“My children were deeply affected by how I was treated in the BOP, and by the experience of having to visit with me through plexiglass. They continue to struggle with what happened to our family.”
After almost two and a half years of good conduct in the Terre Haute CMU, Kifah was abruptly transferred to the Marion CMU in 2011. The prison officials overseeing the CMU recommended him for transfer to a general population unit that same year because of good conduct and relationships with staff and other prisoners, however the officials with the Counter-terrorism Unit (CTU) of the Federal Bureau of Prisons recommended against his transfer, citing contested and erroneous information about his conduct.
Kifah, like others at the CMU, never received adequate information about why he was sent to a CMU, did not have access to a hearing or another opportunity to meaningfully rebut the factual basis for his placement, and received false information about how he could be released to the general population. The BOP claims that CMUs are designed to hold "dangerous terrorists" and other high-risk prisoners who require heightened monitoring of external and internal communications—however, in practice, many people were sent to these isolation units for their constitutionally-protected religious beliefs, unpopular political views, or in retaliation for challenging poor treatment or other rights violations in the federal prison system. Indeed, it was only through discovery documents that were produced by the government in the litigation that Kifah learned that certain constitutionally-protected political and religious speech was cited as the reason for his retention in the CMU.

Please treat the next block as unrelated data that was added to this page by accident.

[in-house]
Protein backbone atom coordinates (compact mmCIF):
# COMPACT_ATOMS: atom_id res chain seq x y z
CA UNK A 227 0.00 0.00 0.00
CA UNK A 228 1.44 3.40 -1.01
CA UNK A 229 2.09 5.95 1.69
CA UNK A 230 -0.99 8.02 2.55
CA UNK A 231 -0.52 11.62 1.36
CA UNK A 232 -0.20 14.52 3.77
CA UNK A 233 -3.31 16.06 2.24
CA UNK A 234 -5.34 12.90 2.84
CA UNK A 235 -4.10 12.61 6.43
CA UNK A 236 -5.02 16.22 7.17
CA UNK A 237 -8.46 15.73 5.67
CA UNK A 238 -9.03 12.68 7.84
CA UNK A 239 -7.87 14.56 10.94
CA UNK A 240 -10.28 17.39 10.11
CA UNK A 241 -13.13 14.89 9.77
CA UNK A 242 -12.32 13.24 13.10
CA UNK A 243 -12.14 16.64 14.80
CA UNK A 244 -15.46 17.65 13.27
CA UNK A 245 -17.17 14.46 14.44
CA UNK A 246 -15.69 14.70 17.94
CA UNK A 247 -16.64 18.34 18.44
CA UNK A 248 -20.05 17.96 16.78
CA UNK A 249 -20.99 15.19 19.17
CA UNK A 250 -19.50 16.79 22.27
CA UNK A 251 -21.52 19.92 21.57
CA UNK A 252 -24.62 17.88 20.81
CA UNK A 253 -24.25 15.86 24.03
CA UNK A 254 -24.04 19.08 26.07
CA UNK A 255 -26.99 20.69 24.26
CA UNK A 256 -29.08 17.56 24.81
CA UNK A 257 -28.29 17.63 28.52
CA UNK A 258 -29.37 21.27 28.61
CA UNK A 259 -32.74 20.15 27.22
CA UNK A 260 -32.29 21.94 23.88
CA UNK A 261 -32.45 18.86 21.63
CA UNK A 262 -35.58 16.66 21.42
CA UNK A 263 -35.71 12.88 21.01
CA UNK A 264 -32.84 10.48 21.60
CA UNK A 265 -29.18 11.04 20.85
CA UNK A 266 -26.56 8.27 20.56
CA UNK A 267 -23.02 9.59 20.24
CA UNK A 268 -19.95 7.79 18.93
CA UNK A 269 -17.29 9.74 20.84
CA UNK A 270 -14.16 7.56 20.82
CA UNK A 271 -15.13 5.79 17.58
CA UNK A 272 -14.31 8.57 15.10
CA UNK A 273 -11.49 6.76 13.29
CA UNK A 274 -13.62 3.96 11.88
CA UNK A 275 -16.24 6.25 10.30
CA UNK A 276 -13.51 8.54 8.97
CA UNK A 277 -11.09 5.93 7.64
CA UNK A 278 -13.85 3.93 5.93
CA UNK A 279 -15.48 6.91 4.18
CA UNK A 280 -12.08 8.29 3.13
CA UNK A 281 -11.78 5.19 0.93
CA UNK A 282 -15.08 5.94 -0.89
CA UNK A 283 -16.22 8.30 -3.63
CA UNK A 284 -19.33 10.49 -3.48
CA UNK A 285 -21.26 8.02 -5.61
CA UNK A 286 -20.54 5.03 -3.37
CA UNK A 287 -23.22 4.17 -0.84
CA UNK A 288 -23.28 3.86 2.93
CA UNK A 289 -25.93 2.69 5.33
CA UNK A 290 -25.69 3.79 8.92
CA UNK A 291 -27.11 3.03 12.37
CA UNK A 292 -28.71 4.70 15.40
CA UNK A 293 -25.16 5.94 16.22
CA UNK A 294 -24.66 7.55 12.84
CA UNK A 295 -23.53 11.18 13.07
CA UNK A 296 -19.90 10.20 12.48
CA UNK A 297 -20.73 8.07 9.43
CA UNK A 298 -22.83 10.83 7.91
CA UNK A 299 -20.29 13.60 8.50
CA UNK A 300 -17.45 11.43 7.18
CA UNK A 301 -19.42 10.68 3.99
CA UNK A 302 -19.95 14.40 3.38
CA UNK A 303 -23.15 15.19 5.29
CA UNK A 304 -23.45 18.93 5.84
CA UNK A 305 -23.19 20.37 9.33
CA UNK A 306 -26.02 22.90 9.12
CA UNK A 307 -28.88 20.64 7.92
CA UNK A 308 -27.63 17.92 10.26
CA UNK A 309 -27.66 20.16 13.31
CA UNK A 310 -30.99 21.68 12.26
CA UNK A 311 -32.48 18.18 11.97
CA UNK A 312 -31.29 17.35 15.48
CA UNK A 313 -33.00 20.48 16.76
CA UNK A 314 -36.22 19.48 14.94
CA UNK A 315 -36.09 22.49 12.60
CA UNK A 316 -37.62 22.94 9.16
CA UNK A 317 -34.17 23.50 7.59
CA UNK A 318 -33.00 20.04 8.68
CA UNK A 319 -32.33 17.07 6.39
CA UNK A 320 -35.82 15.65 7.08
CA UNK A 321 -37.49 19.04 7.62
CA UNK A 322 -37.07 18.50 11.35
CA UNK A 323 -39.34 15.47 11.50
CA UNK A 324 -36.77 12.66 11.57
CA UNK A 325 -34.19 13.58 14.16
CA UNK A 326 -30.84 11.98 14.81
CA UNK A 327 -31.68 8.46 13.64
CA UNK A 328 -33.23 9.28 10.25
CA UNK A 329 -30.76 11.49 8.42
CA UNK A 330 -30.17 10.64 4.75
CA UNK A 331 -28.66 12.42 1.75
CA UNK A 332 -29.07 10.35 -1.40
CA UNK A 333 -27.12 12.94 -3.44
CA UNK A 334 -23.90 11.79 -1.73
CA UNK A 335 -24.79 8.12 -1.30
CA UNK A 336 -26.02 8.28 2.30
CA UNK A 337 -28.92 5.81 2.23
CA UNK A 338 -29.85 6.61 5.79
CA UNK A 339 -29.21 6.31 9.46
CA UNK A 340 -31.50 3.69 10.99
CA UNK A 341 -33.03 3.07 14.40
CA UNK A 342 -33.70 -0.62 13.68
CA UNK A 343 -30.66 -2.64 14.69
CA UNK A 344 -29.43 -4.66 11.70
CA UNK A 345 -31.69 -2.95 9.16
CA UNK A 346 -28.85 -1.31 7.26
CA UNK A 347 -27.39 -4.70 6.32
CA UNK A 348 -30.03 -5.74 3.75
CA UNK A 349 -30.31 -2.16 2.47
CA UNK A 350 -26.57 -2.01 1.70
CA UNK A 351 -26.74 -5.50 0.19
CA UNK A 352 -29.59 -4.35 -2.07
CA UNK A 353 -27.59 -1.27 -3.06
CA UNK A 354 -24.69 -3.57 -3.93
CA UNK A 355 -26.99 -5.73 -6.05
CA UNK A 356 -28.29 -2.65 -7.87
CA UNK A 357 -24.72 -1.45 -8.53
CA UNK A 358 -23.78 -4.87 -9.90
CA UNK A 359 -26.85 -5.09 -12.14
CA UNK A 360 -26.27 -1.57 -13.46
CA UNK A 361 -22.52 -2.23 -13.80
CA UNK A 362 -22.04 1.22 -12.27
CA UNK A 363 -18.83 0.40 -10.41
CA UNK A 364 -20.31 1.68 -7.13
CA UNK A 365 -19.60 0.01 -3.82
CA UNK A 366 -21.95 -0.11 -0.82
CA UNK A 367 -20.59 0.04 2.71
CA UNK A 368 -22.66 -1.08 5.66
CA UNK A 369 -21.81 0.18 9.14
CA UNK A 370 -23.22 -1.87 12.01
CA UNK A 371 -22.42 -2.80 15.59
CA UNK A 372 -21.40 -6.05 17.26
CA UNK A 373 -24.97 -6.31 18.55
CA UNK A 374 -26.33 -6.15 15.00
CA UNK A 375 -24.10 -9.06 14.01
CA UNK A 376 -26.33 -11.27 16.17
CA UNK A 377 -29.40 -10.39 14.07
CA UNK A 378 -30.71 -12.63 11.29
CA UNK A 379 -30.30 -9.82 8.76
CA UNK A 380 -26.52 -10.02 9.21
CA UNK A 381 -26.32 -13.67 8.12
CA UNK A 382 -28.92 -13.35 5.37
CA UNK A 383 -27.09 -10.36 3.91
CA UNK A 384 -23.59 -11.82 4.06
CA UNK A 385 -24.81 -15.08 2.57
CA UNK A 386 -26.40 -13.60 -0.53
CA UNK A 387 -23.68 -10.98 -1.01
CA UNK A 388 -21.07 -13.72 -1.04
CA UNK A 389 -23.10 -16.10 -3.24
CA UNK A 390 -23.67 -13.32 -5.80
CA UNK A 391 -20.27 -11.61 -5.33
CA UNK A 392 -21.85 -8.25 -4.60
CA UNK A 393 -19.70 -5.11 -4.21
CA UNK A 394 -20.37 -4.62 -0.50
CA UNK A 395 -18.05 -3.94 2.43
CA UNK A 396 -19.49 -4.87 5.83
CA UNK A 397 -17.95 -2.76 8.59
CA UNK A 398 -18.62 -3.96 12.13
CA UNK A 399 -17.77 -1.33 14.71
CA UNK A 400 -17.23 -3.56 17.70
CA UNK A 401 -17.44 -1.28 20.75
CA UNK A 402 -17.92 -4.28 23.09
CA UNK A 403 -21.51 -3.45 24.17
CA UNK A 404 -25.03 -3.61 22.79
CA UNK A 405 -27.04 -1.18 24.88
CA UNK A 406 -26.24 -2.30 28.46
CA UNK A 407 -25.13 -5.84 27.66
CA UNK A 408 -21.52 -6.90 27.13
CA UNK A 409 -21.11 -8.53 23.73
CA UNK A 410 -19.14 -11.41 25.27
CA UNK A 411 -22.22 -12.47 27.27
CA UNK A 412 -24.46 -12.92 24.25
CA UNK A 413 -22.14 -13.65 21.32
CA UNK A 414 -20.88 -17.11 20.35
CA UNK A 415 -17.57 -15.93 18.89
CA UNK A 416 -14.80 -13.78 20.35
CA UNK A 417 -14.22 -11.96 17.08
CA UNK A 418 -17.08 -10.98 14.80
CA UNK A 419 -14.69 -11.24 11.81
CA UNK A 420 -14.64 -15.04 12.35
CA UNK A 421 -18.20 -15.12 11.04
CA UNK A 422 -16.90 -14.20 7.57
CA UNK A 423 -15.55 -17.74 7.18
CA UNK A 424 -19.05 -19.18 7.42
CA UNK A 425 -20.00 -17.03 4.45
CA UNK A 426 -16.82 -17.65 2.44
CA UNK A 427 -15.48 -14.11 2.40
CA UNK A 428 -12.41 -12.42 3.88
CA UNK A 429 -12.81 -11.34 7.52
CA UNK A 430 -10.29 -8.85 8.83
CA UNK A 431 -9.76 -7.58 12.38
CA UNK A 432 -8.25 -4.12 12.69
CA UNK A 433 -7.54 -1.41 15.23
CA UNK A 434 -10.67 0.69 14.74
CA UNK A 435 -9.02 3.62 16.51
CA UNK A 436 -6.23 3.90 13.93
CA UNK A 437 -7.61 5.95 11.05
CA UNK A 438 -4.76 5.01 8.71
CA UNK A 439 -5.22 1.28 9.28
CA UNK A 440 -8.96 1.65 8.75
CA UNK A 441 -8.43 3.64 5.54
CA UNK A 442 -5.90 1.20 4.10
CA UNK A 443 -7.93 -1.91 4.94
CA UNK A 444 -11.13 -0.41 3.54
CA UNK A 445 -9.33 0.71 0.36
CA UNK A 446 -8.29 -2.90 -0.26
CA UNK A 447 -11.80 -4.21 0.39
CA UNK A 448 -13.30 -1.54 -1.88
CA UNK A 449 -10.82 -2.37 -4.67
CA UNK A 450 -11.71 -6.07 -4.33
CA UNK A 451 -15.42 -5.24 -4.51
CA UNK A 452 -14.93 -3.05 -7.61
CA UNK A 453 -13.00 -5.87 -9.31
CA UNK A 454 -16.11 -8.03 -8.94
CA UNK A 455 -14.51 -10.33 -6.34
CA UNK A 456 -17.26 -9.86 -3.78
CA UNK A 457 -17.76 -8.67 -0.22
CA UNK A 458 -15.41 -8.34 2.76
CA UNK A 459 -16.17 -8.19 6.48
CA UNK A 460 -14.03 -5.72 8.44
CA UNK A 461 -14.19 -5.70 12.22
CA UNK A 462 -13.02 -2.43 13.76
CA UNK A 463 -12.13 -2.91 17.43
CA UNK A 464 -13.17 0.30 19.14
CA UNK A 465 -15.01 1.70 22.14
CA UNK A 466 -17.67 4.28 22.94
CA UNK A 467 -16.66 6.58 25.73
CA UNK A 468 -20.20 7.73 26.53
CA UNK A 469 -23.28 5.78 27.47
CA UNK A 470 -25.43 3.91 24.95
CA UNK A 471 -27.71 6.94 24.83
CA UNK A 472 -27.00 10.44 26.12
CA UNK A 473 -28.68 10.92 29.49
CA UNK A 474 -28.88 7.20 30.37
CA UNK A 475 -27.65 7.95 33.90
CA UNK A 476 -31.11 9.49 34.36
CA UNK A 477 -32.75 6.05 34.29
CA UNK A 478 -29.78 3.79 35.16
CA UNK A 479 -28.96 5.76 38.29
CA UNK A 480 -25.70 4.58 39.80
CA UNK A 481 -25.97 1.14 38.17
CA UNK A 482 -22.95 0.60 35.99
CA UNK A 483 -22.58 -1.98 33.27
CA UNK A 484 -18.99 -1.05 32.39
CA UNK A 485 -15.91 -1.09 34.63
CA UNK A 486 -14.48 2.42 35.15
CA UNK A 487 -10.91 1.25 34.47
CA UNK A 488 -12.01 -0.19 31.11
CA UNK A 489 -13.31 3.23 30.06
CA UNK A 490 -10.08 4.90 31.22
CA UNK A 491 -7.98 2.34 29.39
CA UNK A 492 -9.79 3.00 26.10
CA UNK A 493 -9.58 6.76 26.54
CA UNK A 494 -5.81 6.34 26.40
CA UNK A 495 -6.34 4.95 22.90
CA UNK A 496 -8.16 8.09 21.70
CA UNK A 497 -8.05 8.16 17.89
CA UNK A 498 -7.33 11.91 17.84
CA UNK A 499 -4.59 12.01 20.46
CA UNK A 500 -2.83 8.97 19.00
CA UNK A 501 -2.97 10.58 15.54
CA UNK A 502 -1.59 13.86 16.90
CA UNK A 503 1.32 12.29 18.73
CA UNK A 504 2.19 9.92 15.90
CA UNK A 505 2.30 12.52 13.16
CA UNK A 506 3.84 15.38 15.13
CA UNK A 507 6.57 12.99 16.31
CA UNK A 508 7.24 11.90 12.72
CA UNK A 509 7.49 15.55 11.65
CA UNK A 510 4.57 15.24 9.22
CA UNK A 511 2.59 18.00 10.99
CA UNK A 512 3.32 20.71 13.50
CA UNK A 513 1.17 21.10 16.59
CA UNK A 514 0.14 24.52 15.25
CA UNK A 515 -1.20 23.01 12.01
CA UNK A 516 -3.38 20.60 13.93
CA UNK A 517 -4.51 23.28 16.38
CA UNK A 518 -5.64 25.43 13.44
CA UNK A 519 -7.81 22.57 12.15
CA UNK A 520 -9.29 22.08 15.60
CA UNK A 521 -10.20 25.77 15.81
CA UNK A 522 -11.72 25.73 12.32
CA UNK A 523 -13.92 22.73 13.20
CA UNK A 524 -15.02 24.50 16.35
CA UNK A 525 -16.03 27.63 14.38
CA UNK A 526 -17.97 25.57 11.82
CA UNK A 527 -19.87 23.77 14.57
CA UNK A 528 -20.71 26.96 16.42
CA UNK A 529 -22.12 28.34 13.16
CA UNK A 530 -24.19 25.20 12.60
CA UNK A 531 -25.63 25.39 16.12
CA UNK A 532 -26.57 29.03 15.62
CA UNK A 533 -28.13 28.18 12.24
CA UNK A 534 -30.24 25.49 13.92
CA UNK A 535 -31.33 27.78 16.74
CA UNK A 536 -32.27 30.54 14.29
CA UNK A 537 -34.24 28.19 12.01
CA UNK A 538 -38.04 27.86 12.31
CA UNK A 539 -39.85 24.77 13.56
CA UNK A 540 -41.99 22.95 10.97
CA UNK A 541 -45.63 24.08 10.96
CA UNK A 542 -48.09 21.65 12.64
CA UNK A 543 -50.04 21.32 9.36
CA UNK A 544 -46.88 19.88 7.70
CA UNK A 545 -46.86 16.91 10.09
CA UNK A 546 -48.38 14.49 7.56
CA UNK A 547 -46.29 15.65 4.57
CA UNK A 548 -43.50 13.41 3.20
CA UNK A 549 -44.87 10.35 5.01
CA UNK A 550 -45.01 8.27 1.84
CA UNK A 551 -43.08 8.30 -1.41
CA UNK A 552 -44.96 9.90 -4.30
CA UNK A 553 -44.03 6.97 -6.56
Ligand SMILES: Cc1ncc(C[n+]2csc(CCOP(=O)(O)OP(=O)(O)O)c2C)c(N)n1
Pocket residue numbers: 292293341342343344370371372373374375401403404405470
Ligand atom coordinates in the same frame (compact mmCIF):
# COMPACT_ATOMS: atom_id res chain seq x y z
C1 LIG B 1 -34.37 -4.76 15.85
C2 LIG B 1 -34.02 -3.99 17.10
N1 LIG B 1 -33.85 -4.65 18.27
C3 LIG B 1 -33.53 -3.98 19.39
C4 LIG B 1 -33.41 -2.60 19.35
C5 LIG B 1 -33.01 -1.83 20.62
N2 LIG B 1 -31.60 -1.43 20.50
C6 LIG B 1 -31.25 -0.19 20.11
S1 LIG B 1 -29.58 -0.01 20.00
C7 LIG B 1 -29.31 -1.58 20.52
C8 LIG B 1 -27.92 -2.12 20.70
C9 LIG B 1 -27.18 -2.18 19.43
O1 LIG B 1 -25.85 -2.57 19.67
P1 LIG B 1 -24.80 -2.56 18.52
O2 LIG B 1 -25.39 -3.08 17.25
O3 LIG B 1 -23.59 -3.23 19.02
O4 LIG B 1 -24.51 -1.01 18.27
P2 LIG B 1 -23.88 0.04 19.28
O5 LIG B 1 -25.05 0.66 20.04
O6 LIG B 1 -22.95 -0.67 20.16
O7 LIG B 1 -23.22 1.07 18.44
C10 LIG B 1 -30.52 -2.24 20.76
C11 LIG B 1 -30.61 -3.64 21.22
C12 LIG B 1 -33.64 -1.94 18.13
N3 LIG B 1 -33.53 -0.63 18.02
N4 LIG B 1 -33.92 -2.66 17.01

In 2013, Kifah was again recommended for transfer out of the CMU, which was approved. However, the final redesignation memo written by the CTU cited erroneous information that to date remains in the BOP’s files and there is no existing mechanism to contest it.
Kifah was finally released from BOP custody in September 2017 and is currently serving a 20-year term of supervised release.
Litigation – Aref v. Garland
It is not only the emotional harm of CMU designation that lingers: inaccurate and highly prejudicial information about him created through faulty CMU designation and review procedures continues to present a false picture of Kifah to law enforcement and other government agencies.
Kifah has been released from prison but is still fighting in court to have inaccurate information about him expunged from his prison records to ensure that it cannot continue to be shared by the BOP with other agencies. His decade-plus struggle for accountability will also ensure that others in the CMU avoid discriminatory and retaliatory placement in the units and have a clear way to challenge factual errors leading to placement.
“Nothing will fix the damage done to my family during my years in the CMU, but a determination that my rights were violated would give me some relief, and having erroneous and prejudicial information about me expunged [from my record] would alleviate some of my worries that I am still being monitored and may again be singled out by the government. I know it would help my children and wife come to peace with what happened to our family.”